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USA Today viciously libels all white Americans.

Next time you see white people on tv risking their lives to feed and rescue black people, remember this hateful anti-white article published in USA Today.

An article in USA Today claims that “both blacks and Hispanics were twice as likely as whites to have performed heroic deeds.” The source for the claim is a Philip Zimbardo, a professor emeritus at Stanford University.

He backs up this claim by saying that blacks and Hispanics are better heroes because they are “discriminated against.” They become heroes by “standing up to discrimination.” Then he follows by saying blacks and Hispanics have “more compassion to others in need.”

According to Zimbardo, these white volunteers rescuing Haitians don’t know what being a real hero is. They have never been discriminated against by the evil white man. I guess that is why so few black Americans volunteered to go to Haiti. They were all too busy being heroes by standing up to the white man’s “discrimination” in the United States.

The entire article is nothing more than a vicious slur against white people.

This Philip Zimbardo is a fanatical leftist who claims it is discrimination for a landlord not to let someone squat in his apartment for free.

From Brainy Quotes…

I was discriminated against because I was Jewish, Italian, black and Puerto Rican. But maybe the worst prejudice I experienced was against the poor. I grew up on welfare and often had to move in the middle of the night because we couldn’t pay the rent. – Philip Zimbardo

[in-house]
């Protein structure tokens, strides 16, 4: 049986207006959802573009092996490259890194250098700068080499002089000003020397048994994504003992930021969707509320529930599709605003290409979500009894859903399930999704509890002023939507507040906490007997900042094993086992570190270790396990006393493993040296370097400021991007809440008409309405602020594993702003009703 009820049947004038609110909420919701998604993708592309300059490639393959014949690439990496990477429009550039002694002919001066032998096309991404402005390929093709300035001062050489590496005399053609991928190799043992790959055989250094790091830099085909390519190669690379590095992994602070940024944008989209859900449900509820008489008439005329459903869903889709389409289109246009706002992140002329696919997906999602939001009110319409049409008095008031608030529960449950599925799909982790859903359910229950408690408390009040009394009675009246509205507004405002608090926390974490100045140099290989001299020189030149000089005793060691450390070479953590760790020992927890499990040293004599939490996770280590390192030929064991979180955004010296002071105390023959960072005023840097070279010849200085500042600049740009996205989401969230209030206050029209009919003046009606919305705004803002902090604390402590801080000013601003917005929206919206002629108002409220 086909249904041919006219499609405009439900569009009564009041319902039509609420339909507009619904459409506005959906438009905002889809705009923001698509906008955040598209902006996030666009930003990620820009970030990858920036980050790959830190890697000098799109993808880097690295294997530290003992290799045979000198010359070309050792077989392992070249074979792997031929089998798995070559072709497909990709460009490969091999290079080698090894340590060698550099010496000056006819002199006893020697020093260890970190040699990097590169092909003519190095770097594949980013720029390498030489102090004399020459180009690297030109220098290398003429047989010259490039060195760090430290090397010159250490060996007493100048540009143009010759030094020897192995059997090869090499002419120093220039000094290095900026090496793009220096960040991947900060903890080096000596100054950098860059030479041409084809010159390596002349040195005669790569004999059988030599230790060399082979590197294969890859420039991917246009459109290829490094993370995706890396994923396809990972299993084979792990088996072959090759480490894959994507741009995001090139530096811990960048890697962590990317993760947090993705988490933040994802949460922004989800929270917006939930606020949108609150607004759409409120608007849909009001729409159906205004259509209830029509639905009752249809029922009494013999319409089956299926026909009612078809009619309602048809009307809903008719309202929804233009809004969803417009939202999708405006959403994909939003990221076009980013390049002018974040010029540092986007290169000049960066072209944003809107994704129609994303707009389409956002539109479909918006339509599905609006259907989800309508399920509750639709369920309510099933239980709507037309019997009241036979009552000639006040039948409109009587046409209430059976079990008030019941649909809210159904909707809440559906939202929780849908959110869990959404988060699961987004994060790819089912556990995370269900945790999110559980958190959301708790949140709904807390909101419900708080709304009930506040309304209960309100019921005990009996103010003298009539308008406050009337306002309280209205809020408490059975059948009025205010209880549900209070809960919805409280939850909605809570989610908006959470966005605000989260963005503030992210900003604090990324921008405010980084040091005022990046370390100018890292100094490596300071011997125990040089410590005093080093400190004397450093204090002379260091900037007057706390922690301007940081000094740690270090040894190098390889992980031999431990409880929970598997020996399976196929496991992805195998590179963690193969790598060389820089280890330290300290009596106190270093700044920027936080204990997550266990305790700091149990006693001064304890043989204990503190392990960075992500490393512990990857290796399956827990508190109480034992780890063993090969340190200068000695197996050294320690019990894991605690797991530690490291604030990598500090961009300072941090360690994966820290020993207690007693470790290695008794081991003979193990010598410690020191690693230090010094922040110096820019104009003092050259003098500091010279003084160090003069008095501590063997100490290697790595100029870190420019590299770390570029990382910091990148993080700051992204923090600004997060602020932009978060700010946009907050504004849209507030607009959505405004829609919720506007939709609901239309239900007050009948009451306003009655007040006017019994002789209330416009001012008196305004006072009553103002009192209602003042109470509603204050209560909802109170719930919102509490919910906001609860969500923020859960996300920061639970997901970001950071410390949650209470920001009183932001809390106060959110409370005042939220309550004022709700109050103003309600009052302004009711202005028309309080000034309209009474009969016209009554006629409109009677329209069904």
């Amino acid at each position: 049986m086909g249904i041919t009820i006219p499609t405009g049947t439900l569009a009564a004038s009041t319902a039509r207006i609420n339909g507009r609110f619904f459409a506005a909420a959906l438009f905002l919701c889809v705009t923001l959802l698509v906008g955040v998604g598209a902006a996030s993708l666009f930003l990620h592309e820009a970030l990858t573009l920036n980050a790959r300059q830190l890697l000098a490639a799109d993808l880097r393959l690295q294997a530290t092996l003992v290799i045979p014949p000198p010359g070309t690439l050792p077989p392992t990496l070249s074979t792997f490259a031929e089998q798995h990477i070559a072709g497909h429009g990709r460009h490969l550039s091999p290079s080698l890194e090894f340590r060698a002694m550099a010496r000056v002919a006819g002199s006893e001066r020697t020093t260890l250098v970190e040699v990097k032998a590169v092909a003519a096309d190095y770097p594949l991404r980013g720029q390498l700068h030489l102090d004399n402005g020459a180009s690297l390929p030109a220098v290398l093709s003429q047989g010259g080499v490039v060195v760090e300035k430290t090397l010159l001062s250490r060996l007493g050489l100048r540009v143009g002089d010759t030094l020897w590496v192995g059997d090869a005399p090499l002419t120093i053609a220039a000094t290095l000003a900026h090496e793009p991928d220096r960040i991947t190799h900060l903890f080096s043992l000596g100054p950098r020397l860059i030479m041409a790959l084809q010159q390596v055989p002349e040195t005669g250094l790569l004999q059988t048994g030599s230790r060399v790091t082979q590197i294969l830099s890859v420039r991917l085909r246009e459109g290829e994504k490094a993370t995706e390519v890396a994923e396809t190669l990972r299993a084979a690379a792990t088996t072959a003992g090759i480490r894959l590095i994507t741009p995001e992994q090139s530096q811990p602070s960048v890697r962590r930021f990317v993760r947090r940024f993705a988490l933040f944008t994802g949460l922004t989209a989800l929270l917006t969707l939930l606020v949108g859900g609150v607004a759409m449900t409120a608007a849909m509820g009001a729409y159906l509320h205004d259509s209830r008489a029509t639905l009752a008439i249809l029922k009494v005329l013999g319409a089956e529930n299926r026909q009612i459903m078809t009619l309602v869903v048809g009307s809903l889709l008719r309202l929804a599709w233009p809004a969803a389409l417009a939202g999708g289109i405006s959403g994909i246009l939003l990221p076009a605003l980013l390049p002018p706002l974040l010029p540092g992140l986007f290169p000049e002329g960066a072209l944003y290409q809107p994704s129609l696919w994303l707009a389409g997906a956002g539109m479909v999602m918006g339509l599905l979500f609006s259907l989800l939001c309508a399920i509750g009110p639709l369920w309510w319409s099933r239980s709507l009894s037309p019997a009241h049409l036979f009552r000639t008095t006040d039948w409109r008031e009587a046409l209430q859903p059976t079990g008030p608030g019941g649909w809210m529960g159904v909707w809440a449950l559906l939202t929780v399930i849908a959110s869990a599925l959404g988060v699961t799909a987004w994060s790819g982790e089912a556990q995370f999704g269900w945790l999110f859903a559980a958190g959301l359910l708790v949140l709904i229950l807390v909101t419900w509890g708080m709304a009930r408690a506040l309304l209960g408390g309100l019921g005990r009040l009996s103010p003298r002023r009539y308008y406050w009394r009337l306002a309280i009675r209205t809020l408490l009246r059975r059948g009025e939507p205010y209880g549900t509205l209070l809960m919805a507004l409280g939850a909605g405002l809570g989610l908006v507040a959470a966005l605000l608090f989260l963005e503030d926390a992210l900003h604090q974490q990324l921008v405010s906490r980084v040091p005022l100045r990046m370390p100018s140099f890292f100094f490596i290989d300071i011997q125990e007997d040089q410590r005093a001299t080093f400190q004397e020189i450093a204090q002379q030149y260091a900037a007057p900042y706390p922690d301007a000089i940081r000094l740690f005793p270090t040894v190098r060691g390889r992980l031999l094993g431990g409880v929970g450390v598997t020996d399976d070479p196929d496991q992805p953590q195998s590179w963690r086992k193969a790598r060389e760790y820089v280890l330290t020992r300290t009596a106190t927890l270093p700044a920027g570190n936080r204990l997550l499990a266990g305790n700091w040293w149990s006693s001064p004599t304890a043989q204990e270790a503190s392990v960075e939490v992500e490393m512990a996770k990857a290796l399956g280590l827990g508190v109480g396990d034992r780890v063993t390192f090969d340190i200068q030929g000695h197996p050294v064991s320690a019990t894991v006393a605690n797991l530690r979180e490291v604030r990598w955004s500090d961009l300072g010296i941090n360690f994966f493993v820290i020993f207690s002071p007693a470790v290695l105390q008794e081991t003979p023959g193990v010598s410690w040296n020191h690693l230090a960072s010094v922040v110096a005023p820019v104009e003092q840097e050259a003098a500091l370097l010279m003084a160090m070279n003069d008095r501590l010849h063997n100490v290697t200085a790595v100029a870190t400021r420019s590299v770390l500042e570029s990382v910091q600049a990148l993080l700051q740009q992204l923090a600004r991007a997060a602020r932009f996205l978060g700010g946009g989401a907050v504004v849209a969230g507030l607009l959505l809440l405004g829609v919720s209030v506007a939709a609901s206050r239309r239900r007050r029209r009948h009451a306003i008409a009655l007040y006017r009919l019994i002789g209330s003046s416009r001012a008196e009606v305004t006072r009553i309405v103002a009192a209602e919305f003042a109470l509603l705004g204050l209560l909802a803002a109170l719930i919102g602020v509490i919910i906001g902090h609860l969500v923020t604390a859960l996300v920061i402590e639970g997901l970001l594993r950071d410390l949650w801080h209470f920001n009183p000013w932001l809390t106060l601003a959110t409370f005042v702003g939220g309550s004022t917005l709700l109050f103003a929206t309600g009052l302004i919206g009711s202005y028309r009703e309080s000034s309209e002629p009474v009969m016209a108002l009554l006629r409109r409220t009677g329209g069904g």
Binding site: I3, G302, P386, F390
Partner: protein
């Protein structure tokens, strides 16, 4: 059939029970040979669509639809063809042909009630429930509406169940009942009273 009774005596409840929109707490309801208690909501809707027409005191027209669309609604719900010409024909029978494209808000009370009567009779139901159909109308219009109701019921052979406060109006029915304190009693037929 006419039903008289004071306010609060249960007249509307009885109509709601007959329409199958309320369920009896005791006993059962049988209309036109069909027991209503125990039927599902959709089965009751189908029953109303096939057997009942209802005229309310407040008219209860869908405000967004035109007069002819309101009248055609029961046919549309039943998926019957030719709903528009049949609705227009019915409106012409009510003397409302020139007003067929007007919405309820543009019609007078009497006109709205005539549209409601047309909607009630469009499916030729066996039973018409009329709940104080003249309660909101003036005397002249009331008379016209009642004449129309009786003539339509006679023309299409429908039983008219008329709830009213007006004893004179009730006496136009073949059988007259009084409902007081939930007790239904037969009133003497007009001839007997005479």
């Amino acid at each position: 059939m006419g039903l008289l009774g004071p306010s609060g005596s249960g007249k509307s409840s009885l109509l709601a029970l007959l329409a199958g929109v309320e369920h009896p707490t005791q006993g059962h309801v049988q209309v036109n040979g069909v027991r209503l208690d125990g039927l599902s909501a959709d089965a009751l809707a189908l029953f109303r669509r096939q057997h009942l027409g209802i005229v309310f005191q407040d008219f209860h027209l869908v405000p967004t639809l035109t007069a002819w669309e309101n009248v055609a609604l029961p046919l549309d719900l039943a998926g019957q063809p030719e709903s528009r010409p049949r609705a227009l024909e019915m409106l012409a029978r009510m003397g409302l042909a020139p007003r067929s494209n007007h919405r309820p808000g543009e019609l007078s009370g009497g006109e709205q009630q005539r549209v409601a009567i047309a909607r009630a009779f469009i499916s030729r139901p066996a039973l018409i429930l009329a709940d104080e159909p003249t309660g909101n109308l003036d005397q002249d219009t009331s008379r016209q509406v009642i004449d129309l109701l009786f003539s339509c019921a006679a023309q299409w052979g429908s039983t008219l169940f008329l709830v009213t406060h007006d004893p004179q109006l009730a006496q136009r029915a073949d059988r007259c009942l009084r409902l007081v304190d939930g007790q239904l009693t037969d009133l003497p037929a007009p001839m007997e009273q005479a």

Zimbardo has made a name for himself advocating his “Luficer effect” theory as to why “good people turn evil.” He claims social conditioning turns people bad, not genetics. This is a major tenant of the social Marxism espoused by the Frankfurt school.

He takes the name of his theory from John Milton’s Paradise Lost, which Zimbardo comically confuses with Old Testament “scripture.” The word Lucifer does not even appear in the Old Testament except for the King James Version, where it is used once. The story he describes as “from scripture” is actually from John Milton’s 17th century epic poem Paradise Lost. Milton re-writes the Devil as a more sympathetic “Lucifer” based on the Greek deity Prometheus. However, Milton certainly did not advocate any social conditioning psycho-babble.